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Are genetically modified foods really so bad?

July 25, 2013
By Jeremie Fish , Adirondack Daily Enterprise

It seems like an issue that is constantly there, genetically modified foods, and yet there is so much bad information out there, an informed decision is difficult to make.

Take for instance grafting. Grafting is a method of transferring one piece of a plant onto a plant of a different kind. Fruit has been altered in this manner for millennia and no one seems to have a problem with this method of altering plants. Yet the same people speak out against genetic modification. The argument that I have found from these people is that grafting does not alter genetics, yet many of the current research articles from a variety of journals say actually there is a change in genetics induced by grafting.

Despite this research there are plenty of anti-GM blogs that have been written recently that continue to say that grafting does not alter genetics, making it more "pure" than genetic modification.

Those who wish to go further tout the risks that supposedly come from eating GM foods. For instance, a popular article that came from an academic journal that is used in the anti-GM campaign is a study that "showed" that the stomachs of pigs that were fed GM foods were more inflamed than the stomachs of pigs that were not fed.

Yet the study that I just spoke of was not even performed properly. The pig stomachs were not opened up to determine if there really was any inflammation. The analysis was all done by visual inspection, which cannot truly determine if there was any inflammation. The journal was a new start up journal and the author was a clear anti-GM activist, and was receiving funds from anti-GM organizations.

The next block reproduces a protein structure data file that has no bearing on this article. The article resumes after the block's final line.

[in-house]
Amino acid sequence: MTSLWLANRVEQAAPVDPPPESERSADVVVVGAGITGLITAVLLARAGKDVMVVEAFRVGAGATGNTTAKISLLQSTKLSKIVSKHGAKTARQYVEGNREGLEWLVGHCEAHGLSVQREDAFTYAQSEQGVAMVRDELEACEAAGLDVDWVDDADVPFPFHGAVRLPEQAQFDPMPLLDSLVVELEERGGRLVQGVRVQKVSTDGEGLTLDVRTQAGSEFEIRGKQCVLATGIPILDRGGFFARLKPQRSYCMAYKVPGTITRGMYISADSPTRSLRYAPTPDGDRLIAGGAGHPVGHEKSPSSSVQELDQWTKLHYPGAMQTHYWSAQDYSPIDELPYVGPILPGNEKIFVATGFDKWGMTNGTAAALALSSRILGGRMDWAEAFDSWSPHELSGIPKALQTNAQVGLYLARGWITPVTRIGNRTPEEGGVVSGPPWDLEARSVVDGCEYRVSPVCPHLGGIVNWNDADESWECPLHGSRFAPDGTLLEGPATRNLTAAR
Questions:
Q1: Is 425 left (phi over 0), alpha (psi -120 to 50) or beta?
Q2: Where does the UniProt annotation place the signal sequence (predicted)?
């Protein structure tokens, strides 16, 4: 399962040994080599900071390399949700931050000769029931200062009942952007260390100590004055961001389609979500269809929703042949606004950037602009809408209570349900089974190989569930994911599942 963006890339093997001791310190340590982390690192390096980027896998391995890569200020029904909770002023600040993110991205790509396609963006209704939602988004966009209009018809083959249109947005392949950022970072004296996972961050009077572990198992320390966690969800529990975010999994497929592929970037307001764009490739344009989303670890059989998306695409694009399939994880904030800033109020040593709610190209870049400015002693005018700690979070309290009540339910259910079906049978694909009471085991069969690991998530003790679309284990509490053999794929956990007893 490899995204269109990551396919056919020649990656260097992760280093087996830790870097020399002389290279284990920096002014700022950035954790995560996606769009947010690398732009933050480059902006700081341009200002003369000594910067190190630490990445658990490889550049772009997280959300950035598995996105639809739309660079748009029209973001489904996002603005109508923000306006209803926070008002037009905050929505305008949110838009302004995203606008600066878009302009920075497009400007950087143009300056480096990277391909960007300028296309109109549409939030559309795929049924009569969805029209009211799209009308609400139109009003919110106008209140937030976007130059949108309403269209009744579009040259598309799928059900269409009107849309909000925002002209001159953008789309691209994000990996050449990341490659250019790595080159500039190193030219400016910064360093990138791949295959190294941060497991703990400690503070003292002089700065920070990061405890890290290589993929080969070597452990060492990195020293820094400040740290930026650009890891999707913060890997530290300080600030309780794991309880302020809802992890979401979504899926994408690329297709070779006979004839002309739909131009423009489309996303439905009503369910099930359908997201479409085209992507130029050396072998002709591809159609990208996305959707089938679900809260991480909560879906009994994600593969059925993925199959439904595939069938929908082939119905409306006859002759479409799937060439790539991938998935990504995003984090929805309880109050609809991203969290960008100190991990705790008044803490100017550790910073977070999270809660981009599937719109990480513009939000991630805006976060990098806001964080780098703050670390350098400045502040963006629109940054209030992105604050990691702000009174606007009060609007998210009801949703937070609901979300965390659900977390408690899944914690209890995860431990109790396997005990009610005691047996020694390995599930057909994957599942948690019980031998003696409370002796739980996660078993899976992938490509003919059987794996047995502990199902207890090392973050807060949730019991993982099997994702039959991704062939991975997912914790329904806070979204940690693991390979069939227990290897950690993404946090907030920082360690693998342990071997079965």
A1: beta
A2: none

Cancer has been a concern as well. Several articles (in legitimate journals such as Current Oncology) have found that there is no link between cancer and GM foods, and it has been shown that a research article that made the claim of the link of GM foods with cancer used cancer prone rats, was not subject to objective refereeing, and again the author had financial ties to anti-GM organizations.

One anti-GM group in Germany feels so strongly about their opposition that they have actually gone and torn up fields that were designated to research on GM crops. They have gone to jail several times, but once they are out, they find another field to tear up.

Both humans and nature have been at work cross-breeding plants to make them better at surviving the environment. We have an opportunity to accelerate the pace at which this is done through genetic modification.

Imagine farmers spending less money on tilling, pesticides and herbicides. This is what scientists are working on creating, plants that naturally resist pests, plants that don't require tilling before planting. Imagine increasing yield at a time when the world population is continuing to grow and food production is not keeping pace.

The backlash and poor science has slowed the production of GM foods perhaps at the worst time, when more and more people are going hungry worldwide. Increasing worldwide yield, especially in poorer countries, could alleviate the problem but fear of GM foods has kept the research down.

Of course most new technology and science has to survive a generation of doubt, so hopefully in the future genetic modification will be accepted.


Jeremie is a SUNY Plattsburgh graduate and Wilmington resident. Suggestions and comments can be sent to



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